Another Christmas without peace in Democratic Republic of Congo

Women wave Congolese flags during a march to protest escalating violence in Congo, in Kinshasa Dec. 4, 2022. (CNS/Reuters/Justin Makangara)

Women wave Congolese flags during a march to protest escalating violence in Congo, in Kinshasa Dec. 4, 2022. (CNS/Reuters/Justin Makangara)

How do families celebrate Christmas in the midst of armed conflict in Goma, in the eastern Democratic Republic of Congo? The people, while having faith in Jesus as the Prince of Peace, wonder when the peace Jesus' presence implies will ever come to this country. For 26 or more Christmases, peace has not come.

Today, our country is only one of the many in the world that have not experienced Christmas peace for many years. How do we hang onto the promise of Jesus?

It is a question I have pondered often, living here all my life. When we look at history, we see that even the chosen people of Israel suffered the same condition of seemingly endless wars, but they did not let go of the prophecy of Isaiah 9:5: For unto us a child is born; unto us a son is given; and the government shall be upon his shoulders; and his name shall be called Wonderful, Counselor, the Mighty God, the Everlasting Father, Prince of Peace.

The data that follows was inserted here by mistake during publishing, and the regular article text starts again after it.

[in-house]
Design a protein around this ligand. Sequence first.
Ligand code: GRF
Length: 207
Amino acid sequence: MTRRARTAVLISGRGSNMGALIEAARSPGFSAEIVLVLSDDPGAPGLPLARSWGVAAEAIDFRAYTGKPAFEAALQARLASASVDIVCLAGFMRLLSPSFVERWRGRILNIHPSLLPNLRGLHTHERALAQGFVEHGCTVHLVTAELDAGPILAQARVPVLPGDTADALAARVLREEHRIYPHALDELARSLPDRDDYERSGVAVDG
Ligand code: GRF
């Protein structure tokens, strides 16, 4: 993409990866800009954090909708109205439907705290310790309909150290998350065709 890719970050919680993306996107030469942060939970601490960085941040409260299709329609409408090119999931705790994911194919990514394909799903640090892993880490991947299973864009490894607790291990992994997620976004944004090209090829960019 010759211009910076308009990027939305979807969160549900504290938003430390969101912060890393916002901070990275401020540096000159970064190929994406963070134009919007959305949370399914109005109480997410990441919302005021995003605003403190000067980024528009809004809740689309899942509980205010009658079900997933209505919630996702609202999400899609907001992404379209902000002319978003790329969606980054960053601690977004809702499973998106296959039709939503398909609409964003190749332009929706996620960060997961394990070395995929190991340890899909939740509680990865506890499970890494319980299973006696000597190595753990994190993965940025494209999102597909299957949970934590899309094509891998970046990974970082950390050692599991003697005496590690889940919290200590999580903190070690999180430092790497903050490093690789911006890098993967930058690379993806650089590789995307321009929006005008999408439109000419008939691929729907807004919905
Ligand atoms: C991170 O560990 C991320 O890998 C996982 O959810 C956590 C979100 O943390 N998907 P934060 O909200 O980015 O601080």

Their hope never failed and so we try to build our faith on theirs in spite of the miseries we endure every day.

The most positive thing about the Christmas season these days is that the two warring groups M23 (Congo insurgents supported by Rwanda and Uganda) and FARDC (the Congo army) call a truce for a few days. It is not really for the good of the people that this is done, but for themselves to rest, relax, be with their families and re-organize their troops and upcoming strategies.

The 2022 Christmas celebration at Kamisimbi Parish in the Bukavu Archdiocese of the Democratic Republic of Congo (Courtesy of Rose Balaluka)

The 2022 Christmas celebration at Kamisimbi Parish in the Bukavu Archdiocese of the Democratic Republic of Congo (Courtesy of Rose Balaluka)

This is similar to World War I, when in 1914, the German and French soldiers called a truce for these same reasons. Calling a truce was not given to provide space for their Christian belief in Jesus, the bearer of peace. It was merely called to rest from the killing. I remember reading about one German soldier, Franz Blumenfeld, who wrote home about the war, saying that he feared to lose his faith though he didn't fear to lose his life.

While these men are resting and celebrating, our people try to find small ways to celebrate — to pray in peace for a time, to sing our songs and dance these few moments of freedom, while at the same time enduring the consequences of this ongoing war here and now, and knowing that it will resume once the soldiers have feasted and rested.

Many of our families are living outdoors, just like the shepherds we hear about in the Gospel account of Jesus' birth. They live in camps, some few finding shelter in schools that no longer function.